I started trading treasury futures spreads in 2001 (yield curve) on the screen. Had a very good run trading spreads and it essentially ended in 2009. I am a Chicago guy and I knew over 100 guys trading these spreads. A handful were 7 figure traders. Today I know of just around 5 guys trading these spreads and it is hard. The other 95% are essentially out of the business or in my case trading the indices (outright).
I can only speak for interest rate spreads, but it is very difficult to make money. Some very talented 7 figure traders can't do it anymore....and they hired quants etc to reinvent themselves. I attribute the difficulty in spread trading to HFTs and QE. Maybe energy spreads are different
My guess is if u pay$7500 for the class u will not be profitable. Save your money.
One final thought. I think a big part of the decision of whether you think its valuable or not, will also depend on your trading style. Most of the prop guys that I know would have a hard time trading the way P does. Because they want methods that give them a lot of looks, low risk per trade, but a lot of trades.
Sure, you can easily make 7.5K on a spread trade, you could make 75K, or 750K depending on your size. But, most arcade guys are relatively thinly capitalized, do high volume, want huge intraday margin financing. So, they don't like the idea that to make 7.5K, you need to risk a similar amount. Rather they want 10 trades that get you 750 each.
But as previous posters have alluded to, this style of trading is becoming more competitive due to quant and HFT shops. Reducing the holding period and having more looks at trades is what gets you a high information ratio/Sharpe which is what all the quant funds are chasing.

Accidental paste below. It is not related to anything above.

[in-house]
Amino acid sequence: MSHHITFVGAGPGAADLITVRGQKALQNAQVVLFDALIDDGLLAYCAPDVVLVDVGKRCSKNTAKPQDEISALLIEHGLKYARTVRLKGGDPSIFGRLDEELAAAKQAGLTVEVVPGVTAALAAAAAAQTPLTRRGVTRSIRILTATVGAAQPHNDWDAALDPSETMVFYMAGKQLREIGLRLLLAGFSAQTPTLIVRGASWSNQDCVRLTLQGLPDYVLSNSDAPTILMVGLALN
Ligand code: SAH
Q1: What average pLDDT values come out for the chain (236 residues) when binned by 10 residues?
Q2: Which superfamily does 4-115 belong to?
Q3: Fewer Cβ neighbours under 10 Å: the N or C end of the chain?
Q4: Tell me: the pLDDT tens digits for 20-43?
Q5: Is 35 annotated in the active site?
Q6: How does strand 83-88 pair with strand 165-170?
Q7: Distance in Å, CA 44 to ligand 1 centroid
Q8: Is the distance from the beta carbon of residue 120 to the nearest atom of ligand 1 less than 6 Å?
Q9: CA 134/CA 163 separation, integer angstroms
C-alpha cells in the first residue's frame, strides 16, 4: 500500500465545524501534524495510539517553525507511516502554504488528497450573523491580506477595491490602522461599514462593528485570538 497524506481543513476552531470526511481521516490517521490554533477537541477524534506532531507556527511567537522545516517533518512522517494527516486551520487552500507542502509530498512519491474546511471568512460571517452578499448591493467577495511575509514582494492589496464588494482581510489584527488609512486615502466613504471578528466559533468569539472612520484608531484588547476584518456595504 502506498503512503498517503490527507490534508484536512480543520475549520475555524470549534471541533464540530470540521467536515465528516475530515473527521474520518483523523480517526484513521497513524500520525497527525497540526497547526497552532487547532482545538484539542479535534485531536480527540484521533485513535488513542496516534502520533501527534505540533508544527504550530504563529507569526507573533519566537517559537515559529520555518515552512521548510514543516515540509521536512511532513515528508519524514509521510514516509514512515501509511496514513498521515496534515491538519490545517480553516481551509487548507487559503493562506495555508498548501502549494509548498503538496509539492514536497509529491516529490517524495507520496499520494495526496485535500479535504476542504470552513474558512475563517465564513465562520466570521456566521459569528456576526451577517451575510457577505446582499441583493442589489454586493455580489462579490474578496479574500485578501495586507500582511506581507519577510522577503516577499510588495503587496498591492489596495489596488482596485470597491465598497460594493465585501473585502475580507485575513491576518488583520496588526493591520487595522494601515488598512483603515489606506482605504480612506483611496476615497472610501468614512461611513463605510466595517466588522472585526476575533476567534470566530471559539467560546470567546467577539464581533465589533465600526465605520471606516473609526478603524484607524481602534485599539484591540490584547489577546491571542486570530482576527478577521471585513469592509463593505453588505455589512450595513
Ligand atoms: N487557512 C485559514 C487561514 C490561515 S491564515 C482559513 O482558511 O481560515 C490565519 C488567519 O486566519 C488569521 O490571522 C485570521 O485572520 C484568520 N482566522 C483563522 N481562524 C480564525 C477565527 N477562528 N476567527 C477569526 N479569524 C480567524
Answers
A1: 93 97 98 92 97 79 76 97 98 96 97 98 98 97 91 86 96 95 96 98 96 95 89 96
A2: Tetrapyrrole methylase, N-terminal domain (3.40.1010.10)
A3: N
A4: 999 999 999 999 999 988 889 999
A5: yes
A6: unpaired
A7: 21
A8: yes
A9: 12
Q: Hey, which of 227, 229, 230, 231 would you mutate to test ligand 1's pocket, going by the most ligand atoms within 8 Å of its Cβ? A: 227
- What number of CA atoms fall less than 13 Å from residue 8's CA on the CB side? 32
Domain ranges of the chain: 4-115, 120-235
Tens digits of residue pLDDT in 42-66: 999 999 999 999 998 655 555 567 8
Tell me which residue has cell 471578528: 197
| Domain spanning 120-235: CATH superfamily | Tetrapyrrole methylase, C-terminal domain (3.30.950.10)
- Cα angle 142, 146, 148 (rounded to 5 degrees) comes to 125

At the end of the day, it's whether you get along with your coach too. Sharapova fired Connors after one game because of bad chemistry...
Energy and grains and softs and even some stock index futures have been exceptionally good spread trades the past few years. Personally, I'm not sure how someone concentrating just on interest rate spreads could be consistent unless he had a very specialized niche or access to something like the swaps market. Even cash treasuries ( Brokertec, Cantor-Fitz ) are incredibly tight and competitive markets that are arbed to the Nth degree.
Interest rate spreads used to be my primary and only trading vehicle, but for me personally diversifying my spread trading into a much broader range of products has saved my ass. That's my own experience FWIW.
@PropArb....your right diversification is important and a good thing....because markets change and nothing lasts forever. I had all my eggs in one basket and when treasury spread went away...it would have been nice to have another spread trade to fall back on.
However, I was burnt out on spread trading. I primarily traded during Asian and European hours and i could not do that schedule anymore (physically or mentally). Also, my strategy was 100% mean reversion and I imagine a strict mean reversion strategy does not work in the equity and energy spreads.
I enjoy trading the indices now and am very glad not to be trading spreads anymore. However, I made much, much more money trading spreads than I have trading the indices. In my experience, the big money that i have seen made over the years has been in trading spreads.
Yes, I used to also trade mean reversion for stupid size in the interest rate spreads with a very prominent Chicago prop firm on an intraday basis. As you said, that went away - at least for us "point and click" types. I would even get hung using RTS and AutoSpreader, and I used to throw away one lots like BB's to get my message-to-fill ratios in line.
SpreadProfessor was a gift for me in that regard. He got me into many more products and markets than I ever knew about, and within a few months I had thousands of spread combinations and a very good indicator package to work with. I quit modeling for mean reversion and "fair value". I started trading with the commercial order flows and not against them. For me, it was the best money I spent. I knew absolutely nothing about products like Sugar or Natural Gas or the FTSE - but I gained the confidence to trade them. Yes, you can model spreads strictly off of historical price action, and with a good indicator package and a really huge portfolio of potential spread combinations I would never have had a clue to develop on my own - at least for me, it saved my ass. YMMV
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